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Diocese Introduces Father Baker Curriculum

By Joyce Kryszak

Lackawanna, NY – Even beyond death, Father Nelson Baker will be helping children in Western New York. Lackawanna's Padre of the Poor - and candidate for sainthood - is the basis of a new educational program from the Catholic Diocese of Buffalo.

In its quest to have Father Baker canonized, the Catholic Diocese of Buffalo has discovered a new educational mission. The Father Baker lessons are designed to teach children, from kindergarten to grade eight, about the legacy of a man who did so much for the poor steel town. A man who may one day be proclaimed a saint.

On one small corner in Lackawanna are the lasting monuments of Father Baker's work. The magnificent Our Lady of Victory Basilica, hospital, orphanage and schools. Standing inside one of the original classrooms of the OLV elementary school, Principal Sister Ellen O'Keefe tells what a special story the children here have to share with the world.

"Because of their knowledge of Father Baker, they will give that to their own children. This is something that has got to be passed on," Sister Ellen said. "To think that he is someone who walked right where they're walking, who was in the rooms that they're in, and maybe you put your foot right in the same footsteps as Father Baker -- that's a marvelous understanding we want to give them."

Ten-year-old Joseph Nowaczyk has been a student at OLV school since preschool. So, like most children from the region, Joseph is well acquanted with perhaps the most familiar part of Father Baker's reputation. The person who you could be sent to - if you were naughty.

"Mom and Dad would say they would take me to Father Baker when I was bad...but they never did," Joseph said.

It's a threat that generations of children throughout Western New York grew up with. But thanks to the Diocese's new Father Baker curriculum, students like Joseph are now learning much more about the priest who spent his life giving to and serving the poor - particularly the children who poverty often treats the most cruelly. The lessons integrate the values professed by Baker, such as generosity and faith, into a curriculum based on the New York state learning standards. Curriculum Director Daniel Grande helped design the program. But Grande says even he had a great deal to learn.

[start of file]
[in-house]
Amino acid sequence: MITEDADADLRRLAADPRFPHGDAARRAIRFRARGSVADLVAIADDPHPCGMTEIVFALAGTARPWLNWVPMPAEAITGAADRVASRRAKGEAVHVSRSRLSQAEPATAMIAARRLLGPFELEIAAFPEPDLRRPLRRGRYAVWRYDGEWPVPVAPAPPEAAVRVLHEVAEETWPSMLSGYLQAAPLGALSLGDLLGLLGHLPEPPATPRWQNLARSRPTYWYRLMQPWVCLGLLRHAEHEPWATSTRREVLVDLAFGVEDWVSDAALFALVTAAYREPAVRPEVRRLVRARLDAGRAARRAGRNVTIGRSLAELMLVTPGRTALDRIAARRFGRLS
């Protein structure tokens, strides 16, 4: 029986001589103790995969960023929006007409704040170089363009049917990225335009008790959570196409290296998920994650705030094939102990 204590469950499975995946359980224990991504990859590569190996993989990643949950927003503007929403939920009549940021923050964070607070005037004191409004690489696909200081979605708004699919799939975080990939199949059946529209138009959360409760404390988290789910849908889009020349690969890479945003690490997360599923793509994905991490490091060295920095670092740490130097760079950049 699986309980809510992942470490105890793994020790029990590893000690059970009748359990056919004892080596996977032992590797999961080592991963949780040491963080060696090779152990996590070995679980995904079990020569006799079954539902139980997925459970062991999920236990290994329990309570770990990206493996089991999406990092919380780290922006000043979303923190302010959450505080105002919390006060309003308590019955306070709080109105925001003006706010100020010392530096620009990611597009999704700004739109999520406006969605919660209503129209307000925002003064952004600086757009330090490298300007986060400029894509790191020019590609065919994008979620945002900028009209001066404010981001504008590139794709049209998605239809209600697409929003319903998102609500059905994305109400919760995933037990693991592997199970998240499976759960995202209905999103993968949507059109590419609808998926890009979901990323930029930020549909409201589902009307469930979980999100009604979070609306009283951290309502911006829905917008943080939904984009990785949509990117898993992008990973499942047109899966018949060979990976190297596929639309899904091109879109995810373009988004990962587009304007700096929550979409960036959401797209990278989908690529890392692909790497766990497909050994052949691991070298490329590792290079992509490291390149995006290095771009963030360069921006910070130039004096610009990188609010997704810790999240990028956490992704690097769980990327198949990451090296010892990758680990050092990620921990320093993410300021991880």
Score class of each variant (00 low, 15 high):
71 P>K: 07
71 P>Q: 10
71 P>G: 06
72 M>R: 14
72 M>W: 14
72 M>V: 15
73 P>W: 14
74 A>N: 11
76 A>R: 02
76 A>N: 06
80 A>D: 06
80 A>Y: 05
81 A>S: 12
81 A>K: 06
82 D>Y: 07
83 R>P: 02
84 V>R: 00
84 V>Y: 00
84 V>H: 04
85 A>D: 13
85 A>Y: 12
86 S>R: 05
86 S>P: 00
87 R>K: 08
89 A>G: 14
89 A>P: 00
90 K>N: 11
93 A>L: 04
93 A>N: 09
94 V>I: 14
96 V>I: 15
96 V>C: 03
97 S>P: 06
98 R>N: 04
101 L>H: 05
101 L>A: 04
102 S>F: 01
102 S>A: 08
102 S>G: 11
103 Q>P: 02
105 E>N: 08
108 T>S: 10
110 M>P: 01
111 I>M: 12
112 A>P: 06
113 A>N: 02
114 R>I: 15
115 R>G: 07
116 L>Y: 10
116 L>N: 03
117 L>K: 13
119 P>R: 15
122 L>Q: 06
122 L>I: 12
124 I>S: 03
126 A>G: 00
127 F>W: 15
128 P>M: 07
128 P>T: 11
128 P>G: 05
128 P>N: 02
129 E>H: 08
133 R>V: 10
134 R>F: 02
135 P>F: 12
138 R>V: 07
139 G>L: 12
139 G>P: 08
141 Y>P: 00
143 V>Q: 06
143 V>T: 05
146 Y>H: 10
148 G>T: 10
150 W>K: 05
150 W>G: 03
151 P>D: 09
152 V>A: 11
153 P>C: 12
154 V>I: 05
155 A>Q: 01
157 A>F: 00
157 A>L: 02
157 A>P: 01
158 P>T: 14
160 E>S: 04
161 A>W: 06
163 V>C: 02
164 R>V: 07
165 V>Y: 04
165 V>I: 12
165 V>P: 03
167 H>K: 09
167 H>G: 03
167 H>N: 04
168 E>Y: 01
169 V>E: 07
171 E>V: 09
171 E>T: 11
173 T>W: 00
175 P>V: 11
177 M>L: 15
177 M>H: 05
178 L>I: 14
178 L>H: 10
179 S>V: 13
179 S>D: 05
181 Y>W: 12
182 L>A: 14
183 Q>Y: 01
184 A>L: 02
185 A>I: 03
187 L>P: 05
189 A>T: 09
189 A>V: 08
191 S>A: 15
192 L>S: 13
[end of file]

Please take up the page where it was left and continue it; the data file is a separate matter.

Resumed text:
"I am grateful to have been asked to work on this project, because, you know, I didn't know anything about Father Baker. What I knew about Father Baker isn't what these children will grow up with," Grande said. "And that's the message we want to get out there."

Indeed, the message about Father Baker's selfless work has spread throughout the community. And recently, the Buffalo born son of a grocer, has gotten the attention of the the Vatican.

The Buffalo Diocese, and many others, call it a miracle. Vials of Baker's blood, buried with him in 1936, were found still liquified when the priest's body was moved to the Basilica in 1999. The discovery may qualify Baker for beatification - the first step toward being named a saint. Sister Ellen says it will be a long path to bring Baker to sanctification. But she hopes the children will continue the journey.

"I hope to be around for the beatification. I probably will not be around for the sanctification of this great man," she said. "But these children will be, and I want them to be as educated and as instilled in the works and the life of Father Baker, that I was as a child. And, unless they are told and reminded of the special life he had, it will be lost."

Last fall, the Father Baker curriculum was distributed to all 92 catholic elementary and junior high schools in the Buffalo diocese. The lesson plans will also be available to all religious education programs beginning in February. And is accessible to everyone on the Buffalo Diocese's web site.